« Last Edit: October 01, 2012, 06:51:20 PM by jrhampt »

JohnGalt

  • Bristles
  • ***
  • Posts: 482
  • Age: 35
  • Location: TX
Re: Do you go Whole Hog?
« Reply #2 on: October 02, 2012, 02:49:49 PM »
I'm maxing out 401k and roth IRA contributions every year as well.

bo_knows

  • Pencil Stache
  • ****
  • Posts: 819
  • Age: 38
  • Location: Fairfax, VA, USA
    • The Crowdsourced FIRE simulator
Re: Do you go Whole Hog?
« Reply #3 on: October 02, 2012, 02:54:45 PM »
Over the course of this year, we ramped our 401k contributions up to max. Next year, we'll hope to hold it at max level for the whole year.  It's actually a bit comical because my wife is part-time, and that 17k/yr turns her paycheck into peanuts. :)

Use it up, wear it out...

  • Stubble
  • **
  • Posts: 224
  • Location: Brooklyn, NYC
Re: Do you go Whole Hog?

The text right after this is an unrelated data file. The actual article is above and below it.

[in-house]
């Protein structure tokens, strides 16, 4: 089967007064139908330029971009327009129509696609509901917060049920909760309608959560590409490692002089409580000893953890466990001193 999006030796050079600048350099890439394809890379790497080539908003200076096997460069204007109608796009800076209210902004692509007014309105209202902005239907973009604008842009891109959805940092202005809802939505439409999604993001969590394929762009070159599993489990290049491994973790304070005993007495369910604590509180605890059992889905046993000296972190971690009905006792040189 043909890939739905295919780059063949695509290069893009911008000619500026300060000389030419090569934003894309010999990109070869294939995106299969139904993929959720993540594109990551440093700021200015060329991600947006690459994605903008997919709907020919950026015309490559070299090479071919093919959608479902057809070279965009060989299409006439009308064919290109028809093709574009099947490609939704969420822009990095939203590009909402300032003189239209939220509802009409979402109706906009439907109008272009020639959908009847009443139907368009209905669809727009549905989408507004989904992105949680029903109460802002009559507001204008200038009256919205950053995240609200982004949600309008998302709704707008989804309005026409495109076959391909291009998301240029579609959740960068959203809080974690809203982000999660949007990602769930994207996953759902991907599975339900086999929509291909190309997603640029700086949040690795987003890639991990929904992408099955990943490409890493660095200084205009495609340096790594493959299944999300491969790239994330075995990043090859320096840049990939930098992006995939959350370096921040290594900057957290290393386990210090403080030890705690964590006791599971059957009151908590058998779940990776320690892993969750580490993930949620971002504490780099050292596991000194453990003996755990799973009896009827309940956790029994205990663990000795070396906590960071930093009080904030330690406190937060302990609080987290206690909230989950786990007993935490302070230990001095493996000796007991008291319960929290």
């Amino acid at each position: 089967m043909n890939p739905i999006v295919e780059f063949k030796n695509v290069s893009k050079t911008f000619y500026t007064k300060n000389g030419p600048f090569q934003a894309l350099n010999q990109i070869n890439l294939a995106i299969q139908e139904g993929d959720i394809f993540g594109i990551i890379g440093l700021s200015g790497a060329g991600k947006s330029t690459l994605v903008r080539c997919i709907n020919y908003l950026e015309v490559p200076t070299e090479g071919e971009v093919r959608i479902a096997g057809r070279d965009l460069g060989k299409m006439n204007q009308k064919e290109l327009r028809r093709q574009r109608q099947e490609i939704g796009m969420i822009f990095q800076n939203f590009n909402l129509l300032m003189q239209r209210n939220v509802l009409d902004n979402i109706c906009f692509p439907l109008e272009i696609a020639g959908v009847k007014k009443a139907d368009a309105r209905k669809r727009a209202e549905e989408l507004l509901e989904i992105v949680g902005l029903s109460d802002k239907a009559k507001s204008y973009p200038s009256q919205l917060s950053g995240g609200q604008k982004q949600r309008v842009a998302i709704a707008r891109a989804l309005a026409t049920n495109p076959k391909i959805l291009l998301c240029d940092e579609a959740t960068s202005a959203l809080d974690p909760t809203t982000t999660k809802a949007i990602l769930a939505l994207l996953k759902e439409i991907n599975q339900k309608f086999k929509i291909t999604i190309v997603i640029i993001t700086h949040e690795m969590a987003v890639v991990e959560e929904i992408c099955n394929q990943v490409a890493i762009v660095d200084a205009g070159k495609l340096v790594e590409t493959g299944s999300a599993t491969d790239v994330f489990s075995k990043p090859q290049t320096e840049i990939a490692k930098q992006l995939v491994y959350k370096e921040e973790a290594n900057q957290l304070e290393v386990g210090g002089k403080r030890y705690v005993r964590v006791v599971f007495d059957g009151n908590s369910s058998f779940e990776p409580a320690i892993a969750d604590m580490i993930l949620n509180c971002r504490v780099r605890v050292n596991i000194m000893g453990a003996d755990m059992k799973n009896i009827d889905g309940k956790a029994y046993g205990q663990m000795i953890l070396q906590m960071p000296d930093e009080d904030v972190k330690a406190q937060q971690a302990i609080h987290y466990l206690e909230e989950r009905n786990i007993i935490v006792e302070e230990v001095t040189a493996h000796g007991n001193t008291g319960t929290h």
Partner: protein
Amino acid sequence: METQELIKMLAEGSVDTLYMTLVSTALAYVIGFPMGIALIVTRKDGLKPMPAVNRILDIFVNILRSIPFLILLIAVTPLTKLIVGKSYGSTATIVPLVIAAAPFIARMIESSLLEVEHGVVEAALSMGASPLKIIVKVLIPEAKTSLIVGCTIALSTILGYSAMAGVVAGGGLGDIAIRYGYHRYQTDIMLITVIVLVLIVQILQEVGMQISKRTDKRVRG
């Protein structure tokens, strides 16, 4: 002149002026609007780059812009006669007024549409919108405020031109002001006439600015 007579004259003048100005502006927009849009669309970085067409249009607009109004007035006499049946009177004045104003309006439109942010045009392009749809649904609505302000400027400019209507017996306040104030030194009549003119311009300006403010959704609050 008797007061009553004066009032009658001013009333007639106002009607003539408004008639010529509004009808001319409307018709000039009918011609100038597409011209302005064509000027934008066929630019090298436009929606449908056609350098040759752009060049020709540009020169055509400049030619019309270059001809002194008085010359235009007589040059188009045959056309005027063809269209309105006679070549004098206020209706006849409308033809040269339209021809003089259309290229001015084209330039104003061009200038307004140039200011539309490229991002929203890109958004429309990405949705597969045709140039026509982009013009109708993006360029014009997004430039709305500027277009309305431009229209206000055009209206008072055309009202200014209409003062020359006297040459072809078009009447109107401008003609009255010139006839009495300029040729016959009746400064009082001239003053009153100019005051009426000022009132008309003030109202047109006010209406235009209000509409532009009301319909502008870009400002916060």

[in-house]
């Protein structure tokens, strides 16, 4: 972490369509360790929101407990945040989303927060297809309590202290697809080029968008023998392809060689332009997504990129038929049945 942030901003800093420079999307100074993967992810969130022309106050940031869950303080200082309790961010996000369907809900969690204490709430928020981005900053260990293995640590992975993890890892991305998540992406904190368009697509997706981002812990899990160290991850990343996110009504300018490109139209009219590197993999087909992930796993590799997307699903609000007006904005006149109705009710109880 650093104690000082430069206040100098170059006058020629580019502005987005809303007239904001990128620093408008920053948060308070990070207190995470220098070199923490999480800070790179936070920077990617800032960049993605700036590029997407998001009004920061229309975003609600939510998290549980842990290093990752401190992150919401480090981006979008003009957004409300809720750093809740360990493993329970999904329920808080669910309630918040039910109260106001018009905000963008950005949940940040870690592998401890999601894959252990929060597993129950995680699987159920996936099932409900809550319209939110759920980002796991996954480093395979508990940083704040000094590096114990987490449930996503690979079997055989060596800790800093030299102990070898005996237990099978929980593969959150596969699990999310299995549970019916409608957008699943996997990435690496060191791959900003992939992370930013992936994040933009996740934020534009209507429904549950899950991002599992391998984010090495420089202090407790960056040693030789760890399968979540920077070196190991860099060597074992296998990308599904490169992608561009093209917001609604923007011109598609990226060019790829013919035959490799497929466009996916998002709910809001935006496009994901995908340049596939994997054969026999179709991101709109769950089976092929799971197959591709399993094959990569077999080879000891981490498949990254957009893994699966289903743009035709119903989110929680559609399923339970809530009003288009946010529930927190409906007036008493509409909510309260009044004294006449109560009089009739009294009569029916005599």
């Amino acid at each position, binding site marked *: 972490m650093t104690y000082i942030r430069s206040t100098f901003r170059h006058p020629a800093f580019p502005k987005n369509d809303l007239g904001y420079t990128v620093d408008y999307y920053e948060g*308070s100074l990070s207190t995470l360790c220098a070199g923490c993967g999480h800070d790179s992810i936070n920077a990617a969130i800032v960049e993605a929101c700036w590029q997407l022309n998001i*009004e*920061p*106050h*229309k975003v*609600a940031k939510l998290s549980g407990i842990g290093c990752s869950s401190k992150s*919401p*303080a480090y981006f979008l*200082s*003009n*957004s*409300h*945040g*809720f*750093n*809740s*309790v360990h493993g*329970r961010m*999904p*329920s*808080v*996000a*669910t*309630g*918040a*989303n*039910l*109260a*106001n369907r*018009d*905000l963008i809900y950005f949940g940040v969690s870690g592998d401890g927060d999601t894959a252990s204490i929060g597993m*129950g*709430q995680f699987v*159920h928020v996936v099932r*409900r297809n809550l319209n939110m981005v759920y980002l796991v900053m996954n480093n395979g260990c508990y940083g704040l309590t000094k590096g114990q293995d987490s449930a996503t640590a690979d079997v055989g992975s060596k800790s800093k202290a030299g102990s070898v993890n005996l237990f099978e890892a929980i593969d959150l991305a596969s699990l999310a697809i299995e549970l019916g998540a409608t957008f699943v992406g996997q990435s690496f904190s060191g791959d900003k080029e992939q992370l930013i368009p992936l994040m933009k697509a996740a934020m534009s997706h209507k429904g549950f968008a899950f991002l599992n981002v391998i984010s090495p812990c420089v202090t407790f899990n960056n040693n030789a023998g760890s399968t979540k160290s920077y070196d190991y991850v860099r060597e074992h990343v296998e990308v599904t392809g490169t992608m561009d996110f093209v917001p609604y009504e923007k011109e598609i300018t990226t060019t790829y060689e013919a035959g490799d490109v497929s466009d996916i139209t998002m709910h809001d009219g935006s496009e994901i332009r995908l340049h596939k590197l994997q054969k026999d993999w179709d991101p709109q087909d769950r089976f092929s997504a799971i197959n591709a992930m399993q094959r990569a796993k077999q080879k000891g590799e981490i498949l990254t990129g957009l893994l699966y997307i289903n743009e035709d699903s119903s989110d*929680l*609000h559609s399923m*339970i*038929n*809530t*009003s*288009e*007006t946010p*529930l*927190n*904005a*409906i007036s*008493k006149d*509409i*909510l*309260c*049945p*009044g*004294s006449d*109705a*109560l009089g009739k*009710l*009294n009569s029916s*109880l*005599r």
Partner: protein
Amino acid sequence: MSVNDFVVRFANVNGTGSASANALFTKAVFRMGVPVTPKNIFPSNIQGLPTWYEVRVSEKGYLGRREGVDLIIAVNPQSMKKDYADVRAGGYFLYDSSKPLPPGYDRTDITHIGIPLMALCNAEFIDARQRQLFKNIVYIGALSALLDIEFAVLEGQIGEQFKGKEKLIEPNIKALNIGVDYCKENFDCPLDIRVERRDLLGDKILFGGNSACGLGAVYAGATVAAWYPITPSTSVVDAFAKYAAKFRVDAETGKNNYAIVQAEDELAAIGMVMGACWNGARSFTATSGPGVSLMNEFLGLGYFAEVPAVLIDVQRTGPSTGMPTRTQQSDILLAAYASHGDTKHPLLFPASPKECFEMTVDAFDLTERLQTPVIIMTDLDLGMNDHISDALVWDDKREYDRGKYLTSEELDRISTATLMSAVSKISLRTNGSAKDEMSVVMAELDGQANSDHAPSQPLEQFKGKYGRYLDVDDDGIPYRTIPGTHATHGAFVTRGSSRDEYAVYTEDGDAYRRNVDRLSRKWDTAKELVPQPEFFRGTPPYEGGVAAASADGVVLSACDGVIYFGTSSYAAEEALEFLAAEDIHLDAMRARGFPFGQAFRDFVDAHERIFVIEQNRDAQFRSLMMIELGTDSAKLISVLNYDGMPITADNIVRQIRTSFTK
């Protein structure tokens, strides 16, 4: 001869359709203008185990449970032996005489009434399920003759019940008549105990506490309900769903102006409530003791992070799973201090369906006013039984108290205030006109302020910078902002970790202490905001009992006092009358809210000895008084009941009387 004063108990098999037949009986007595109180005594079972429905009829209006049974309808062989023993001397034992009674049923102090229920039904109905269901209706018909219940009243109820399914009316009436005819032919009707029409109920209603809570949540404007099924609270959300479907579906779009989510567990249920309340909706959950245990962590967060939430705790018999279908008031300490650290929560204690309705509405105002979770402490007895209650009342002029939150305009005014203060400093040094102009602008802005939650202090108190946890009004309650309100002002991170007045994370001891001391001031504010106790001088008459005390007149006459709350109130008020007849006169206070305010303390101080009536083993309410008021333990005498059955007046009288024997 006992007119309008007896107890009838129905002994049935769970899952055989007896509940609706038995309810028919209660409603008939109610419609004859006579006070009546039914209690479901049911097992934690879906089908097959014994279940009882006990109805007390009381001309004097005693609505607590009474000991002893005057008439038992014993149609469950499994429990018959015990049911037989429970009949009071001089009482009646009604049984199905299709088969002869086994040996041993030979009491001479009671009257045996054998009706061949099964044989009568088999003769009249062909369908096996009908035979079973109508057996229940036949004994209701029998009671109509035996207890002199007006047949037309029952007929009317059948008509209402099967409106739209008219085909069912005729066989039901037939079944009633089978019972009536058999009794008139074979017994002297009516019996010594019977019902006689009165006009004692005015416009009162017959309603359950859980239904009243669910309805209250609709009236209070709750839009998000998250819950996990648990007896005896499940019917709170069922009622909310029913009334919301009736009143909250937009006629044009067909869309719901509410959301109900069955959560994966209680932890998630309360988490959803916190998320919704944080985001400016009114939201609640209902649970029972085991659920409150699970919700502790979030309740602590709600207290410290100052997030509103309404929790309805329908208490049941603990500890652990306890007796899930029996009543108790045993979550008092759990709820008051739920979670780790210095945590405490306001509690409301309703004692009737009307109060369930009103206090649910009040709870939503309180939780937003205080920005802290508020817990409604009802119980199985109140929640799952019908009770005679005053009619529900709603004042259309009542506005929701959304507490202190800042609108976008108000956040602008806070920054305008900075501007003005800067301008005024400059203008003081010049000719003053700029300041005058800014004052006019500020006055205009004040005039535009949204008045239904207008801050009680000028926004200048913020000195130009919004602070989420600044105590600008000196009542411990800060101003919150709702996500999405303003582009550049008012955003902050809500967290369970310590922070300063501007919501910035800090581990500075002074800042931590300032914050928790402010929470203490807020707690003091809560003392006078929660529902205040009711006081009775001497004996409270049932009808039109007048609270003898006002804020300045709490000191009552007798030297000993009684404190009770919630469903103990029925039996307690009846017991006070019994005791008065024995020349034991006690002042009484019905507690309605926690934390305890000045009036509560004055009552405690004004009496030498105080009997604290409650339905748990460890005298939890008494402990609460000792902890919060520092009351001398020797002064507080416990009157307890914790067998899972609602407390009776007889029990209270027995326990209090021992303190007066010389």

« Reply #4 on: October 02, 2012, 02:56:01 PM »
Sounds like we're talking pre-tax contribution limits here.

I max out my 401K pre-tax contribution every year.

However, the law does allow 401K plans to accept post-tax contributions as well - in 2012, up to $50K or 100% of your salary, whichever is less.

bo_knows

  • Pencil Stache
  • ****
  • Posts: 819
  • Age: 38
  • Location: Fairfax, VA, USA
    • The Crowdsourced FIRE simulator
Re: Do you go Whole Hog?
« Reply #5 on: October 02, 2012, 03:12:31 PM »
Sounds like we're talking pre-tax contribution limits here.

I max out my 401K pre-tax contribution every year.

However, the law does allow 401K plans to accept post-tax contributions as well - in 2012, up to $50K or 100% of your salary, whichever is less.

Does post-tax 401k have any advantage compared to say, a Roth IRA? or a regular ole brokerage account?